Another aspect that we have to consider is the people’s views and thought’s regarding the United States going to war. After all, let us not forget that the American government is there “for the people and by the people” and therefore the people’s view did play a major role in this declaration of Neutrality. In one of Roosevelt’s fireside chats, he said “We shun political commitments which might entangle us In foreign wars…If we face the choice of profits or peace-this nation must answer, the nation will answer ‘we choose peace’ “, in which they did.
A poll taken in 1939 revealed that ninety-four percent of the citizens did not want the united states to enter the war. The shock of World War one had still not left, and entering a new war, they felt, would be foolish. In the early stages of the war, American Ambassador to London was quoted saying “It’s the end of the world, the end of everything” ( Overy 261). As Richard Overy notes in The Road To War, this growing “estrangement” from Europe was not mere selfishness.
They were the values expressed by secretary of state, Cordel Hull: “a primary interest in peace with justice, in economic well-being with stability, and conditions of an order under the law”. These were principles here on which most Americans (ninety-four percent as of 1939) agreed on. To promote these principles the United States would have to avoid all “foreign entanglements”, or as Overy puts it “any kind of alliance or association outside the western hemisphere”. Instead, the United States should act as an arbiter in world affairs, “encouraging peaceful change where necessary” and most and for all discouraging aggression (Overy 263).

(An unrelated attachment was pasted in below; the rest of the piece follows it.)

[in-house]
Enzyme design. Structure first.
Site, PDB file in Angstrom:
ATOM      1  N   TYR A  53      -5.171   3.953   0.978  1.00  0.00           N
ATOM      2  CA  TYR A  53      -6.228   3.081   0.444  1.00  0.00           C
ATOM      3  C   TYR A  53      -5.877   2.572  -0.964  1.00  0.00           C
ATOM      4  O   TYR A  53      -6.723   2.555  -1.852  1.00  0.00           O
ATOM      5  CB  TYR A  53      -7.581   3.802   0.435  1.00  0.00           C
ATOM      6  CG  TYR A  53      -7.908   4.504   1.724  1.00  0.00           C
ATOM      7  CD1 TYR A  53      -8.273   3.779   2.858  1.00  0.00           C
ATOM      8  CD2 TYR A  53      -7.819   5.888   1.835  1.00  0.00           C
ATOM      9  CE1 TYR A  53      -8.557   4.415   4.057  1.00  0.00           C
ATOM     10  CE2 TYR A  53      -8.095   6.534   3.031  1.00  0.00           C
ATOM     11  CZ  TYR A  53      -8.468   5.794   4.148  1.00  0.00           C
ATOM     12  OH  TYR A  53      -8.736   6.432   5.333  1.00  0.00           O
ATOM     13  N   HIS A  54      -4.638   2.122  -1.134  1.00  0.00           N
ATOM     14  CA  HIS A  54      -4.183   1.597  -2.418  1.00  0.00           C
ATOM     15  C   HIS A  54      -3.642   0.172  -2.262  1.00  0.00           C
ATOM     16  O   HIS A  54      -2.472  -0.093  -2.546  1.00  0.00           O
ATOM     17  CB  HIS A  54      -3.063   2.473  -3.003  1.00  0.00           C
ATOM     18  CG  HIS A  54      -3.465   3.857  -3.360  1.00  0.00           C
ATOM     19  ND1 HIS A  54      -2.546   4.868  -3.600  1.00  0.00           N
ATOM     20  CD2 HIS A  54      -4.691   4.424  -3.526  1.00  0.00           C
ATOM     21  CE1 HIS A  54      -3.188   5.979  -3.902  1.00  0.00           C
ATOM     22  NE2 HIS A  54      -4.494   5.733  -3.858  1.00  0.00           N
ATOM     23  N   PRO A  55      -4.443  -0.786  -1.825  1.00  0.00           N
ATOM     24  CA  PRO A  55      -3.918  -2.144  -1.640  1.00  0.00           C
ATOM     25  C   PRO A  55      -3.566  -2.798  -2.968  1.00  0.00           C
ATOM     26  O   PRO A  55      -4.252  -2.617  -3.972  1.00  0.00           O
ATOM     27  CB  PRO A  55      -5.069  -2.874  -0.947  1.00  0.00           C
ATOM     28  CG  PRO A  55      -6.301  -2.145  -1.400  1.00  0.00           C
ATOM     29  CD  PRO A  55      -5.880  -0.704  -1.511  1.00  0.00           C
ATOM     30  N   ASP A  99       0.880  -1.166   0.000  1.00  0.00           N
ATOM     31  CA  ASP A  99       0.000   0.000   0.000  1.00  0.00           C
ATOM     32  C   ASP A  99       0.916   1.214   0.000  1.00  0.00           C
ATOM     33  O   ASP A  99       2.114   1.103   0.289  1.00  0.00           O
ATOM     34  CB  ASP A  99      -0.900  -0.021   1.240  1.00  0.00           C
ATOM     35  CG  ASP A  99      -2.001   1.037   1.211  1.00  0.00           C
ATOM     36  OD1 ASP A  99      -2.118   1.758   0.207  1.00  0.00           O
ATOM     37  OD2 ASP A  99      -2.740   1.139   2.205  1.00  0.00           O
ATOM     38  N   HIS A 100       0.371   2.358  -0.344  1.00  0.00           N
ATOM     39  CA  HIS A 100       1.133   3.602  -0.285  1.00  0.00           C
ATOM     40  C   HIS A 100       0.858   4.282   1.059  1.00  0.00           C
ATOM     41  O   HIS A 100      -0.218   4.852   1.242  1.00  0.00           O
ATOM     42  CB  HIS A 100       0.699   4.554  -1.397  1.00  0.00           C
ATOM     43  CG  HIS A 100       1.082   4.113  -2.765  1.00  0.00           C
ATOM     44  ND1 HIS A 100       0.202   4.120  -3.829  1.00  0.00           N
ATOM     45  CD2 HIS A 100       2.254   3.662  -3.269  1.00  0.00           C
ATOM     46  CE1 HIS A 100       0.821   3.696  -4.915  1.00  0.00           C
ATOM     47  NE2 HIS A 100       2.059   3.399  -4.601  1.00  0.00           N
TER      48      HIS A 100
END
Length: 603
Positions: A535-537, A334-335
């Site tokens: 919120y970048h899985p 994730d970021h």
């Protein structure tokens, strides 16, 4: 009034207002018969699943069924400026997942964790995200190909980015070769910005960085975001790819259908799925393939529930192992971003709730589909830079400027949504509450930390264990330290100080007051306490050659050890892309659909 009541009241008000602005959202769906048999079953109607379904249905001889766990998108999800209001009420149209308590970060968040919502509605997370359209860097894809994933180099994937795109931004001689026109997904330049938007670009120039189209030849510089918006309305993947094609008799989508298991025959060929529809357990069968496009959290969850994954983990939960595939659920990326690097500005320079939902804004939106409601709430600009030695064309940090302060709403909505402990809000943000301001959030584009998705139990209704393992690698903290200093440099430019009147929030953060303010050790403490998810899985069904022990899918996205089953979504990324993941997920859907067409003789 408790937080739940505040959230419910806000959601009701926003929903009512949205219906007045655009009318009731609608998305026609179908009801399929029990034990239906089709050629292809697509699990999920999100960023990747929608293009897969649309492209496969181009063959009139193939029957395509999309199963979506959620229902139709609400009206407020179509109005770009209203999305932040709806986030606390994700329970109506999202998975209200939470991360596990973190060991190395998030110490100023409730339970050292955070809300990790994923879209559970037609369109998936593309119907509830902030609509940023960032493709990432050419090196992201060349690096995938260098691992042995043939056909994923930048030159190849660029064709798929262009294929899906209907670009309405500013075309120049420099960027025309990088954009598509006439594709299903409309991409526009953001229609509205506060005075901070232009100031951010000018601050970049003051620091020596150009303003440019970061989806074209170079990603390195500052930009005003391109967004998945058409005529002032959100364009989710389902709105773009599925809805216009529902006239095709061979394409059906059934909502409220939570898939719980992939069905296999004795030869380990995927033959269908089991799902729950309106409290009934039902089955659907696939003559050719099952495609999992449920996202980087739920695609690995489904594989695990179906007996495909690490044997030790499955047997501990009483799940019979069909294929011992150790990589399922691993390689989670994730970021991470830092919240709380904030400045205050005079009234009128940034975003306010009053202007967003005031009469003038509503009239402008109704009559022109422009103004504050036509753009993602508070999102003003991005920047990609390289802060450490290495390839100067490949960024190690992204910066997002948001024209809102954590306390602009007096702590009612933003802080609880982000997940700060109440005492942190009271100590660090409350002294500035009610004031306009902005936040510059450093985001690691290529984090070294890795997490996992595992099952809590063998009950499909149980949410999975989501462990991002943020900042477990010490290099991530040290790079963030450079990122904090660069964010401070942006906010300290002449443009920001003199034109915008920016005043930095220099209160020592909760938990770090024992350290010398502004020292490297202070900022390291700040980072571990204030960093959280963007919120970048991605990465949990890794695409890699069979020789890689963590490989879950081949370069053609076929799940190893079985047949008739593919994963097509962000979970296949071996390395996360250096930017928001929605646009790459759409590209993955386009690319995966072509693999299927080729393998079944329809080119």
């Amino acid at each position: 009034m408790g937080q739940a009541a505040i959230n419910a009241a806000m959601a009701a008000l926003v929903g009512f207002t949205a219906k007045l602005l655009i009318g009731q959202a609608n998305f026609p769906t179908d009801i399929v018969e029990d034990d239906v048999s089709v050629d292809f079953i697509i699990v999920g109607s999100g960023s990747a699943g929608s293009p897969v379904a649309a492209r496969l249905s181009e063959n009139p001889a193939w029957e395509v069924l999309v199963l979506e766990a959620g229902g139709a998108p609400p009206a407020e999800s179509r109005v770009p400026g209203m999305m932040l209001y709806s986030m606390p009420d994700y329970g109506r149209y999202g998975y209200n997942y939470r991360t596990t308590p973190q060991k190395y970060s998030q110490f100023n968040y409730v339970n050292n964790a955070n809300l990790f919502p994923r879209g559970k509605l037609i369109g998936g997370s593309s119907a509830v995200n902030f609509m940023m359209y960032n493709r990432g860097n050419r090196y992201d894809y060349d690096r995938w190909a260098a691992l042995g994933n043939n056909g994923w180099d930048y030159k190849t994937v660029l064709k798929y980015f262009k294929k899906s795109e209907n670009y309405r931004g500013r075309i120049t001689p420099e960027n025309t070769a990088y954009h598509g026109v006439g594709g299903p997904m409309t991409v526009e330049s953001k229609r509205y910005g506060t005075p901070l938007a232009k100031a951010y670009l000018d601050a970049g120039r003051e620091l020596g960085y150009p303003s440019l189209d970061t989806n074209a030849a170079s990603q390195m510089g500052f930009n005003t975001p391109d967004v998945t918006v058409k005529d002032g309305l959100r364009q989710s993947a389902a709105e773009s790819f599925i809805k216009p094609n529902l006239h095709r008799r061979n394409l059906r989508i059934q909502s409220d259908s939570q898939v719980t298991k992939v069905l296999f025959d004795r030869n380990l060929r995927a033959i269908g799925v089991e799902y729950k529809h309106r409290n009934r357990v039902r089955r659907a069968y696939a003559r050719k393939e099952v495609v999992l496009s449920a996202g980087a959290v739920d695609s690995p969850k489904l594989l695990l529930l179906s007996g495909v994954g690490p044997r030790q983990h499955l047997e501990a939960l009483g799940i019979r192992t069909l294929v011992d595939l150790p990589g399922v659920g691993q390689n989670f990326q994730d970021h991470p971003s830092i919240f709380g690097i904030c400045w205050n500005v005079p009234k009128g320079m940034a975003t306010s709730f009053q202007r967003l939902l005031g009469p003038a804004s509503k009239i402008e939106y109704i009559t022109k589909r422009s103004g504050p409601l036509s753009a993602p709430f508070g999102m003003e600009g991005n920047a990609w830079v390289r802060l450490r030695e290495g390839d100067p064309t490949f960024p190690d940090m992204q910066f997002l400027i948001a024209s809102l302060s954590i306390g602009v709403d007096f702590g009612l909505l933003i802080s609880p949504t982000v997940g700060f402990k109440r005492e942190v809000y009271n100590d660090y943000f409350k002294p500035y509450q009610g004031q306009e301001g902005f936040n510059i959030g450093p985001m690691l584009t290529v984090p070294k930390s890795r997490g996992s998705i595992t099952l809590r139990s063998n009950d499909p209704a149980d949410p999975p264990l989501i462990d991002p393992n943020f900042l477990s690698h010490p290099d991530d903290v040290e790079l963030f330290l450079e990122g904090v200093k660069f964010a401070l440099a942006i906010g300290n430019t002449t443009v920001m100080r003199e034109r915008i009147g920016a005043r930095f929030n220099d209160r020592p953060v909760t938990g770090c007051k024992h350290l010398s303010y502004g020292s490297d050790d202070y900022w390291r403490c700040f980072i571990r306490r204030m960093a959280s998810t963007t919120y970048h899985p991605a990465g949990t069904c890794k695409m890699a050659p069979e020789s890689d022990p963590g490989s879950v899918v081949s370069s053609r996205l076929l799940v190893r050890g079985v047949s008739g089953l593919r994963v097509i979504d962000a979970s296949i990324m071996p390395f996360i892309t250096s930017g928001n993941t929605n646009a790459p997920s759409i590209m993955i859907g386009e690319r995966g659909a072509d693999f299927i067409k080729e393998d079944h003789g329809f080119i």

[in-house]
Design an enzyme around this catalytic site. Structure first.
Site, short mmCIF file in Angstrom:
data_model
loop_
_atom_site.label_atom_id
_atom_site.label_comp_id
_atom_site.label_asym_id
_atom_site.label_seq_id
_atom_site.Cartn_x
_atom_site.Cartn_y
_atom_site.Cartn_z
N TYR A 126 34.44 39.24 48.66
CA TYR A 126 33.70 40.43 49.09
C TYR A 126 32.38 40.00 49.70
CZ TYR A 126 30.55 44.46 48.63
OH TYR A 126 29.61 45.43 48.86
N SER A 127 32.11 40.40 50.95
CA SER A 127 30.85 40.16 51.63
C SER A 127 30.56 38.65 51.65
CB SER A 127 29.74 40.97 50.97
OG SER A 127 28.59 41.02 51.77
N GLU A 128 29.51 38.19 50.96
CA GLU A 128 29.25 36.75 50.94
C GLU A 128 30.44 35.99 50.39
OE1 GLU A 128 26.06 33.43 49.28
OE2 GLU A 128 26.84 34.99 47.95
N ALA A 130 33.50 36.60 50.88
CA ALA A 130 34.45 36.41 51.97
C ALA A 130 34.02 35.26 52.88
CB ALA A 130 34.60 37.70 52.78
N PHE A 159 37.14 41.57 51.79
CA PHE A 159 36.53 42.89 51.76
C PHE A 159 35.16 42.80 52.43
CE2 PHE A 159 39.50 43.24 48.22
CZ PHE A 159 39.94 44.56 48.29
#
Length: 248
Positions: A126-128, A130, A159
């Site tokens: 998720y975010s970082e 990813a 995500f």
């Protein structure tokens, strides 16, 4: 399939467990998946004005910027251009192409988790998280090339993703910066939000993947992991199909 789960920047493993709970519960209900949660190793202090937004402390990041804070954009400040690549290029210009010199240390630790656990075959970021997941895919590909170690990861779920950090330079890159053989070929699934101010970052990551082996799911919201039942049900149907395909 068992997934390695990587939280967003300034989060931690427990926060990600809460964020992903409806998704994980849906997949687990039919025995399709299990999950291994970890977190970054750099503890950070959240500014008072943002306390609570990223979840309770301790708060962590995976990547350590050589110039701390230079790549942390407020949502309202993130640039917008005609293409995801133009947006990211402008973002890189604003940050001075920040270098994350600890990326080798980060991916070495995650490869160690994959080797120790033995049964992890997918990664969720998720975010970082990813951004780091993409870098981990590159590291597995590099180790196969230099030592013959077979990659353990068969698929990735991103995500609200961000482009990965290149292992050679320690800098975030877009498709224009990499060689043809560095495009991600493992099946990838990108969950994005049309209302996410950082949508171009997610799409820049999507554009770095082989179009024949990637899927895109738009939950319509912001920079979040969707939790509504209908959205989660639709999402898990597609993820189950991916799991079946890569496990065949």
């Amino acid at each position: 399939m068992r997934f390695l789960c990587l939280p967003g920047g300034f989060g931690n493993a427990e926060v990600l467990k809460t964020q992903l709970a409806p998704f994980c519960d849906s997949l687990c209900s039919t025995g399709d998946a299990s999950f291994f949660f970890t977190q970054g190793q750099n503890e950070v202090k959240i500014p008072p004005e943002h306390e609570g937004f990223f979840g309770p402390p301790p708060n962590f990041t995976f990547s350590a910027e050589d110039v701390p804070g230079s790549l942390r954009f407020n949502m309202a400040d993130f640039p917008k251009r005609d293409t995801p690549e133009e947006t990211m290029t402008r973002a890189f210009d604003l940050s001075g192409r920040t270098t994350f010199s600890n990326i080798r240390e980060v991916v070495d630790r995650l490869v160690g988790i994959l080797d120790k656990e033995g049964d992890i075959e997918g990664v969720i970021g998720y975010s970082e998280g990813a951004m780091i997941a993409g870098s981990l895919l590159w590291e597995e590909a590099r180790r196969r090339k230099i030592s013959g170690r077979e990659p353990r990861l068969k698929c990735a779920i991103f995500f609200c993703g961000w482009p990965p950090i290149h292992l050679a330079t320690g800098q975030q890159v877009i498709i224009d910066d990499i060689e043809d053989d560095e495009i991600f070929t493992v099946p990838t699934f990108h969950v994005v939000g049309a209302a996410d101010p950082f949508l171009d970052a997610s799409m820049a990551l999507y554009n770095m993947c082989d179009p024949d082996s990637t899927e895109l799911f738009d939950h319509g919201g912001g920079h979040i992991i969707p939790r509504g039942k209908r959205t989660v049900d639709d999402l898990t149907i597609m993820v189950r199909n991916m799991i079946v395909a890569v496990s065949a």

Why risk going to war, when it is contrary to American policy which most if not all Americans were in agreement with and not mentioning the fact that the American military was in shambles. Yet another factor that led to this decision of Neutrality by President Roosevelt was the American Economy.
The health of the American economy could not be jeopardized, whatever was happening elsewhere. It was Roosevelt’s view that the United States would fare well (economically speaking) whether Europe went to war or not. “Gold was flowing in from Europe’s capitals; orders were mounting daily for equipment and supplies of all kinds; America was building a battleship for Stalin, aero-engines for France” (Overy 277). For most of the 1930’s the United states traded as openly with Germany and Japan, as it did with any other country. Japan relied on fuel oil and scrap iron until 1941.
Germany was one of the United States’ “most important markets” during the 1930s. American investments in Germany increased by forty percent between 1936 and 1940 ( Wilson 291). America was steadily regaining the prosperity that had diminished during World War 1. The real concern of American business was not “the rights or wrongs of trading with fascism” but the fear that commercial rivals such as Japan and Germany would exclude American goods from Europe and Asia altogether (273).